A single tear rolled down the cheek of Neill Franklin as he sat onstage wordlessly, in front of hundreds of people at Riverside Church in Harlem last Saturday. Franklin shifted in his chair, visibly uncomfortable, as the room fell silent.
"I am not proud," Franklin said, of his 34-year career in law enforcement. "The War on Drugs put police in a war against our people."
He spoke on a panel to discuss mass incarceration, deemed "America's most inconvenient truth" by Dr. Michelle Alexander. Her book, The New Jim Crow: Mass Incarceration in the Age of Colorblindness, is an examination of racial inequality in America's criminal justice system. The U.S. has an extraordinarily high incarceration rate, with 1 out of every 31 adults incarcerated, on parole or on probation. In some states, like Georgia, that rate is 1 in 13.
Major Franklin spent most of his career as the architect of drug task forces in Baltimore. His firsthand experience enforcing the War on Drugs drove him to leave the force and join the movement to reform the criminal justice system.
He was joined on the panel Saturday by several lawyers and activists, including Dr. Alexander, the keynote speaker and author. She participated in an exclusive interview for 99Problems last week.
Dr. Alexander is a civil rights lawyer who began research for her book as she started recognizing that the criminal justice system that she had been working in, "which appears race-neutral on the surface... is designed to keep poor folks of color locked into a second-class status."
In The New Jim Crow, Alexander makes the case that the movement to crack down on drug use in the 1980s resurrected the racial biases still present after the civil rights movement and provided the blueprint for the war to be waged "almost exclusively in communities of color."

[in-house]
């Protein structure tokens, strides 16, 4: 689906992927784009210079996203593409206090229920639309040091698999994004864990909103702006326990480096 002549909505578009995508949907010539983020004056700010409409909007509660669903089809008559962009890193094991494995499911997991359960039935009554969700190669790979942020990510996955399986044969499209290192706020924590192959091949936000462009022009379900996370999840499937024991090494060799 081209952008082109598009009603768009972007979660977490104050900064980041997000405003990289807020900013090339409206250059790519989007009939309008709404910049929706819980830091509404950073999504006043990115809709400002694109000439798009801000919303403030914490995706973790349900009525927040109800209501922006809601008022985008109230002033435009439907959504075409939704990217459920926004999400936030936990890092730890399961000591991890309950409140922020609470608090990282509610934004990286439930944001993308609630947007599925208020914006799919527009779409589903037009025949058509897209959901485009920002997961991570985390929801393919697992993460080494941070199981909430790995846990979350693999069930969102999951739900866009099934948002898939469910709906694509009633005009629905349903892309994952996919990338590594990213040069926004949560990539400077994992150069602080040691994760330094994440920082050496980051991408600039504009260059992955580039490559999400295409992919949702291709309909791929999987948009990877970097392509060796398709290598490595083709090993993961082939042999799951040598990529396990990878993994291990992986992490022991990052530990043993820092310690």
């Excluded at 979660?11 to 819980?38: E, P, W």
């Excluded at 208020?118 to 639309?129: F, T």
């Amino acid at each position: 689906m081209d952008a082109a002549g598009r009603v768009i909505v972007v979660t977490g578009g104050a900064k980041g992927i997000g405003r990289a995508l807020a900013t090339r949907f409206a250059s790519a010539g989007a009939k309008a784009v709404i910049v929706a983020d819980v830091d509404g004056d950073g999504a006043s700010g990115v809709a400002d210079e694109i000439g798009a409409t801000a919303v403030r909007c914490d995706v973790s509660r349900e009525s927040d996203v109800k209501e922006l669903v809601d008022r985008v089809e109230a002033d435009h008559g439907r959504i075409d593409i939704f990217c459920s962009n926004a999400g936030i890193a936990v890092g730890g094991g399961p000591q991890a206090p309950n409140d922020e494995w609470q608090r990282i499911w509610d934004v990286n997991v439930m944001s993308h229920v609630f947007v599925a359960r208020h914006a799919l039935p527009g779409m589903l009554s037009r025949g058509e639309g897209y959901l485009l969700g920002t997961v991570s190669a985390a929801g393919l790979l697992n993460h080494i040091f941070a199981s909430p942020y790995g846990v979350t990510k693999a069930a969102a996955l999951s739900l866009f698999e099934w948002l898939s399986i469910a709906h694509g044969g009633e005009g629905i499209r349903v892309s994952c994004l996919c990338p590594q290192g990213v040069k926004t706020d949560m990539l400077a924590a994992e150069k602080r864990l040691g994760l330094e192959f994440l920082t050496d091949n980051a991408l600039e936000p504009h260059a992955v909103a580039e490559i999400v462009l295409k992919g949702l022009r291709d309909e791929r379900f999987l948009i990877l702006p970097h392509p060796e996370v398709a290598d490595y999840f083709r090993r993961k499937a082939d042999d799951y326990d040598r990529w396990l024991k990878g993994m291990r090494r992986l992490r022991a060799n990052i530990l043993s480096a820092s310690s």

While working on a racial profiling case in California years ago, Alexander met a 19-year-old black man who was slated to be the main plaintiff in her case. Upon his revelation to her that he had a felony record, she refused to represent him, on the basis that the case would be lost because the jury and the media would not take him seriously with a criminal record.
The young man became irate, claiming that he had one felony drug charge and that he was set up by the Oakland Police Department. She was skeptical of his conspiracy theory and told him that he could no longer participate. He stood up and ripped up all of the notes that he had been taking on the case. For Alexander, it was a turning point.
"He said, 'what's to become of me? I can't find housing. I can't get a job. I'm living in my grandmother's basement. I can't even take care of myself as a man. You're no better than the police. The minute I tell you I have a felony, you stop listening," Dr. Alexander said.
Months later, the Oakland Riders scandal broke, revealing that the young man had been a victim of a rogue group of police officers who were actively planting drugs on suspects, particularly people of color. The entrenched injustice of the system came full-circle for her at that very moment.
"How was I actually replicating the very forms of discrimination and exclusion that I was trying to fight against?" she asked herself.
Continue reading at 99Problems.org.
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